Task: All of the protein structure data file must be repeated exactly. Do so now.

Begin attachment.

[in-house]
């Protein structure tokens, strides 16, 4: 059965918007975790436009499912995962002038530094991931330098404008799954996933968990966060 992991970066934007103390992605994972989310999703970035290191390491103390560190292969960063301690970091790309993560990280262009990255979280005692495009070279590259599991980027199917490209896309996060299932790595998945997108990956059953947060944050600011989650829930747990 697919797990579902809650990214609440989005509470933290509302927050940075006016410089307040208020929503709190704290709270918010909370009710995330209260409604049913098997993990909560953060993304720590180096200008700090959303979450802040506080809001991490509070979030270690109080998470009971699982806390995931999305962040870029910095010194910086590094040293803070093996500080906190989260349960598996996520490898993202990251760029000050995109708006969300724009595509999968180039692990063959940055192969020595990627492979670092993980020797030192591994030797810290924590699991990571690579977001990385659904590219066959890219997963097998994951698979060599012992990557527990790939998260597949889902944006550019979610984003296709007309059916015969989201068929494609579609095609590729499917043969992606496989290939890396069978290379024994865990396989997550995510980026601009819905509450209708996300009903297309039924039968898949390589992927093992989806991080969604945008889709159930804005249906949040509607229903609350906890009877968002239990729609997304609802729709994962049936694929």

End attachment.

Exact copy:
[in-house]
């Protein structure tokens, strides 16, 4: 059965918007975790436009499912995962002038530094991931330098404008799954996933968990966060 992991970066934007103390992605994972989310999703970035290191390491103390560190292969960063301690970091790309993560990280262009990255979280005692495009070279590259599991980027199917490209896309996060299932790595998945997108990956059953947060944050600011989650829930747990 697919797990579902809650990214609440989005509470933290509302927050940075006016410089307040208020929503709190704290709270918010909370009710995330209260409604049913098997993990909560953060993304720590180096200008700090959303979450802040506080809001991490509070979030270690109080998470009971699982806390995931999305962040870029910095010194910086590094040293803070093996500080906190989260349960598996996520490898993202990251760029000050995109708006969300724009595509999968180039692990063959940055192969020595990627492979670092993980020797030192591994030797810290924590699991990571690579977001990385659904590219066959890219997963097998994951698979060599012992990557527990790939998260597949889902944006550019979610984003296709007309059916015969989201068929494609579609095609590729499917043969992606496989290939890396069978290379024994865990396989997550995510980026601009819905509450209708996300009903297309039924039968898949390589992927093992989806991080969604945008889709159930804005249906949040509607229903609350906890009877968002239990729609997304609802729709994962049936694929």